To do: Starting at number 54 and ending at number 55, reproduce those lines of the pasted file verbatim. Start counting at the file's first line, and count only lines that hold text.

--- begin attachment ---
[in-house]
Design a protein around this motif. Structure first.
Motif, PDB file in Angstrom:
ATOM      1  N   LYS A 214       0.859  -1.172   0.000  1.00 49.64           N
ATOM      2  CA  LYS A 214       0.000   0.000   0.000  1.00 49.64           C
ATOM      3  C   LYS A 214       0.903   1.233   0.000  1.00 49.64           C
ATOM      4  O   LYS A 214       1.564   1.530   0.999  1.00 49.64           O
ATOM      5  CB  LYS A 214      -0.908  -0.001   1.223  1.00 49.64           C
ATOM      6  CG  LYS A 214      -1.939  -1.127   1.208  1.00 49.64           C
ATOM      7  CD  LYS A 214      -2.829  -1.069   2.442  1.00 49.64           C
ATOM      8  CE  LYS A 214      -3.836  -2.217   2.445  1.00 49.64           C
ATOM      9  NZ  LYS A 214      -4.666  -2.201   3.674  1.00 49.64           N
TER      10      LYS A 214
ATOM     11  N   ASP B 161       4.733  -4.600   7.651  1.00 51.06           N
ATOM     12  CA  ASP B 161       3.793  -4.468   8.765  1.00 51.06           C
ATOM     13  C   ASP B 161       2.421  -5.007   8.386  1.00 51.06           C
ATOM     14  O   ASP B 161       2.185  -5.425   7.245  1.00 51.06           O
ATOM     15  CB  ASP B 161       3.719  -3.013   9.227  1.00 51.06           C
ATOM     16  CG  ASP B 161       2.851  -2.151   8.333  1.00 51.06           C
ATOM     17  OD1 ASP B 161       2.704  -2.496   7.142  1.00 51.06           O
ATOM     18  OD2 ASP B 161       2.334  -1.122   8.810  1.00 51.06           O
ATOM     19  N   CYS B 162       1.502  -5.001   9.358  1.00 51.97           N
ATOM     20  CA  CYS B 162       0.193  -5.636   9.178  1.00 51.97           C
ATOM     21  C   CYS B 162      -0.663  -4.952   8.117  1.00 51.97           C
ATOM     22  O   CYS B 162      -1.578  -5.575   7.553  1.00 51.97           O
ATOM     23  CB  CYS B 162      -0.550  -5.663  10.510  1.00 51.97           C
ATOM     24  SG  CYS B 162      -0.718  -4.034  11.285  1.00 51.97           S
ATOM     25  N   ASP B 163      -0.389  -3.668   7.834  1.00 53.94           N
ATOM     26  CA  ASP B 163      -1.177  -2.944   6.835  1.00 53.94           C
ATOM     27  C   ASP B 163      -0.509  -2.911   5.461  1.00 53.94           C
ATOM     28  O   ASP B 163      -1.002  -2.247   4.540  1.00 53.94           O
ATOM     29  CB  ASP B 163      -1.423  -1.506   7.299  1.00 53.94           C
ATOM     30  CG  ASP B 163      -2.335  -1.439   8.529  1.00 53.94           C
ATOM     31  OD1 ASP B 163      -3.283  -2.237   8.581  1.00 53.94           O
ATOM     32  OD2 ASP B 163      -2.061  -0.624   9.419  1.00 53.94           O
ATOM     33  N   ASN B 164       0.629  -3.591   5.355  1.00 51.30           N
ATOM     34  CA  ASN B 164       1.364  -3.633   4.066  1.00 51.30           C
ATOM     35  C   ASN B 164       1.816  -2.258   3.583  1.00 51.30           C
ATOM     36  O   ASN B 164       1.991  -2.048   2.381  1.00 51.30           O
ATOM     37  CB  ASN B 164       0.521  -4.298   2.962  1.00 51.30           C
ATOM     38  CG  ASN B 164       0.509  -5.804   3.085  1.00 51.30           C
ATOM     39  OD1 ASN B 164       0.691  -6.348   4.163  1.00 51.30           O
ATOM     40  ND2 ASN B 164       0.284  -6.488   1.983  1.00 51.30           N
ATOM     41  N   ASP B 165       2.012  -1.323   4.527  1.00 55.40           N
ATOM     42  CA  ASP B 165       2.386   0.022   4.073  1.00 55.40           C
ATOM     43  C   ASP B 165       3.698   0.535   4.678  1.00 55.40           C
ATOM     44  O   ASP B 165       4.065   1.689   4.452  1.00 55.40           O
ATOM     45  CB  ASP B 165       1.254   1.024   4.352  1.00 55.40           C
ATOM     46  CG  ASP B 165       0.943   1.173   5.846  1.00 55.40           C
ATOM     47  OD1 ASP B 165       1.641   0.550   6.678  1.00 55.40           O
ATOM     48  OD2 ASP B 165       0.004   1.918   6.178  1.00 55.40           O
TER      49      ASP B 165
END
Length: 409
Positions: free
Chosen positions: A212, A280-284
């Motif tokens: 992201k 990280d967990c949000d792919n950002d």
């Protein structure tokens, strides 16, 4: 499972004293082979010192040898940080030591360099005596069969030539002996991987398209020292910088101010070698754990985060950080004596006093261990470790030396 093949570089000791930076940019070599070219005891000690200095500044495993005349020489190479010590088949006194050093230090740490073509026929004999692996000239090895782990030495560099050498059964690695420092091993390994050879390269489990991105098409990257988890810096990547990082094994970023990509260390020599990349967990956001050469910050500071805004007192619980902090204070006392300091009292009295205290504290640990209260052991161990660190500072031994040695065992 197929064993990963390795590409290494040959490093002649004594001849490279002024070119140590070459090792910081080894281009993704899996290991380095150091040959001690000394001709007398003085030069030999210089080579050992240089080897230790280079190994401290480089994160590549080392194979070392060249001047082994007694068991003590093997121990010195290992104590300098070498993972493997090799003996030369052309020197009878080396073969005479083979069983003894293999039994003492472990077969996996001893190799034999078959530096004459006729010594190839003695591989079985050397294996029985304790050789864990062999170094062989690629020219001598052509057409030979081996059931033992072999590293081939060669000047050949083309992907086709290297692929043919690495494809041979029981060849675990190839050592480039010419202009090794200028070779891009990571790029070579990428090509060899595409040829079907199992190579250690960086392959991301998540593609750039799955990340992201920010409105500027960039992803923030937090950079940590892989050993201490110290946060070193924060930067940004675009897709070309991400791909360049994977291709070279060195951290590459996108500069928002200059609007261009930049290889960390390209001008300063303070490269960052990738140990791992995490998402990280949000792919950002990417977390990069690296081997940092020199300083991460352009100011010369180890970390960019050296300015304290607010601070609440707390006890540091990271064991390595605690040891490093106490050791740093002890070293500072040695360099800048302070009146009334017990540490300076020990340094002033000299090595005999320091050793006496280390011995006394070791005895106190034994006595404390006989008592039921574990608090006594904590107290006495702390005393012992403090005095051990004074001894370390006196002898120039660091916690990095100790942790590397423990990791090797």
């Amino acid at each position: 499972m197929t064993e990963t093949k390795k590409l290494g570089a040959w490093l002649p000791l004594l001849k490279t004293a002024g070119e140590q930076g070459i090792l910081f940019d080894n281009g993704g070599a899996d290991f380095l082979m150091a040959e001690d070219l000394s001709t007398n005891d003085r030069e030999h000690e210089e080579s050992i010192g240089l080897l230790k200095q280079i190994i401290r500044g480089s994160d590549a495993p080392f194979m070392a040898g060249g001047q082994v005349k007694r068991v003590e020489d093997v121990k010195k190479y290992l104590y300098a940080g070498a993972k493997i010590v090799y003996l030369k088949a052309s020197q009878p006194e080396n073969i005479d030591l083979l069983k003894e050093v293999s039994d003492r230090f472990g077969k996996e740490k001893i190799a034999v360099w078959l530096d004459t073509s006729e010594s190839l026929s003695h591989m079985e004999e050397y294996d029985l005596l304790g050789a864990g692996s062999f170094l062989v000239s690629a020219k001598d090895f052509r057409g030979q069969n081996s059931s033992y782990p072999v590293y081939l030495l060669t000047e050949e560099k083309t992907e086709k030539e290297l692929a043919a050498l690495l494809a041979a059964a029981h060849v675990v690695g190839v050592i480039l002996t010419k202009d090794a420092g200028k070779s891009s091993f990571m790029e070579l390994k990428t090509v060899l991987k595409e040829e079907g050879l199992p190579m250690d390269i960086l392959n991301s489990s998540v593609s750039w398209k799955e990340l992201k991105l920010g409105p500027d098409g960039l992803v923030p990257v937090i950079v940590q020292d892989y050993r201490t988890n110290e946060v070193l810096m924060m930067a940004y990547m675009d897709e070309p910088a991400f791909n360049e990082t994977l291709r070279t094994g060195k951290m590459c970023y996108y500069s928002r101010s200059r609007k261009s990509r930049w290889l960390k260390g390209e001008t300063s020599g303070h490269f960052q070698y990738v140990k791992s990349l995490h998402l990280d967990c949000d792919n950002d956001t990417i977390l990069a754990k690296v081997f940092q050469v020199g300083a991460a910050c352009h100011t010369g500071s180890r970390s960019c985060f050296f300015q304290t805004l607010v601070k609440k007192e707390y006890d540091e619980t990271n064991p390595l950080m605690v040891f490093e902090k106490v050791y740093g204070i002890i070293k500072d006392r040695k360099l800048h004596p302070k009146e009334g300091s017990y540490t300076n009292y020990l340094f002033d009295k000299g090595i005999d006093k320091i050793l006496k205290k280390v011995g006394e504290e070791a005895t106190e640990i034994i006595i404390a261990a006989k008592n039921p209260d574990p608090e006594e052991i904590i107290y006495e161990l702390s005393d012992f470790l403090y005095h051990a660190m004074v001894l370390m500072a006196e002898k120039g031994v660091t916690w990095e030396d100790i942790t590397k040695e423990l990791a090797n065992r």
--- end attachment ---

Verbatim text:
Length: 409
Positions: free